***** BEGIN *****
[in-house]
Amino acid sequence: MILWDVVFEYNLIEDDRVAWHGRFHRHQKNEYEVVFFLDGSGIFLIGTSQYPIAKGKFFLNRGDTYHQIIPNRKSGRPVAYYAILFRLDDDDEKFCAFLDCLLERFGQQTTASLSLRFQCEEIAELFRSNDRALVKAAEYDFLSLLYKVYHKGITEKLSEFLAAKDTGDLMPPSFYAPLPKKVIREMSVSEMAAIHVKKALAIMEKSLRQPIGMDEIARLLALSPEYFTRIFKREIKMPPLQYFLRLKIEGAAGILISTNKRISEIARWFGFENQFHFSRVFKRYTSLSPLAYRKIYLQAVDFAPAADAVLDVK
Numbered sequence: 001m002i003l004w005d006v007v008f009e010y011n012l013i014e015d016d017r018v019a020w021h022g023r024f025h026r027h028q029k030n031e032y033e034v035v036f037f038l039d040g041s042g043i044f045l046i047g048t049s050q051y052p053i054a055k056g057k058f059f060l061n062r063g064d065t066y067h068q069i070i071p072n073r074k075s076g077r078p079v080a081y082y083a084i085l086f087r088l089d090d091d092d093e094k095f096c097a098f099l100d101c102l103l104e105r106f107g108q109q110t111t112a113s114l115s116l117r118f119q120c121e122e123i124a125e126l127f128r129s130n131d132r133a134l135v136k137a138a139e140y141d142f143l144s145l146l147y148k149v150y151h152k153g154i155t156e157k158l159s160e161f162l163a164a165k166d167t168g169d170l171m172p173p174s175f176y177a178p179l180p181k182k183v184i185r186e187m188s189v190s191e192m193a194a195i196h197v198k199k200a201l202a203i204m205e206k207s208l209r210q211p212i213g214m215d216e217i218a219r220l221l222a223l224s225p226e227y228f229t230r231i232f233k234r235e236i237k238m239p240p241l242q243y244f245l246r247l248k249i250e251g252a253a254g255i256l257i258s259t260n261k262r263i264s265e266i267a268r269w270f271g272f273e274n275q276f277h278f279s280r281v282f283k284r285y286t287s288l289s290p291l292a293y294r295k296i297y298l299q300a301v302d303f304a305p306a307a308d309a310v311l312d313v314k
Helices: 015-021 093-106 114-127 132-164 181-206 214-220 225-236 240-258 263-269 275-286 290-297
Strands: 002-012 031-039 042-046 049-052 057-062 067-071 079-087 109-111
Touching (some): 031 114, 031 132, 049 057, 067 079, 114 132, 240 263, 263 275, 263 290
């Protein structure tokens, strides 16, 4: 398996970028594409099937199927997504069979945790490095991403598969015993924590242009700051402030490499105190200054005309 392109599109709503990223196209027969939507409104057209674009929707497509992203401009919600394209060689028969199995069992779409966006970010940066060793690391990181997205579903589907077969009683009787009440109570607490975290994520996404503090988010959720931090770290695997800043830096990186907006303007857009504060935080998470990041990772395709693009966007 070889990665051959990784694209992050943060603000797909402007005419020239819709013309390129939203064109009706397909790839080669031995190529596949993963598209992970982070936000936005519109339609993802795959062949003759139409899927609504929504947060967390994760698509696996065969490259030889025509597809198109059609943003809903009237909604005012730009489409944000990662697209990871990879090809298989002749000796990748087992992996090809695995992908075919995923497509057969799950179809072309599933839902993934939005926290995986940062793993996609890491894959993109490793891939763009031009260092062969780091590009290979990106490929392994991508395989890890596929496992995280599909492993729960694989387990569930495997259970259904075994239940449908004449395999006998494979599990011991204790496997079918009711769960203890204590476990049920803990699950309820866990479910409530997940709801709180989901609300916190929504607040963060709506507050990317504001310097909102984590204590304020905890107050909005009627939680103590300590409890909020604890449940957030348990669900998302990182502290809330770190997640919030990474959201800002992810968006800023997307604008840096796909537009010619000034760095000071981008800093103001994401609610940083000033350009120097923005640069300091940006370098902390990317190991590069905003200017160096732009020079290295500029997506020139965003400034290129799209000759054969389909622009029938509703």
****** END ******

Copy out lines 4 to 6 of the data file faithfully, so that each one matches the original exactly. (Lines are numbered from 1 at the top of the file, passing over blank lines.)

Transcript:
Helices: 015-021 093-106 114-127 132-164 181-206 214-220 225-236 240-258 263-269 275-286 290-297
Strands: 002-012 031-039 042-046 049-052 057-062 067-071 079-087 109-111
Touching (some): 031 114, 031 132, 049 057, 067 079, 114 132, 240 263, 263 275, 263 290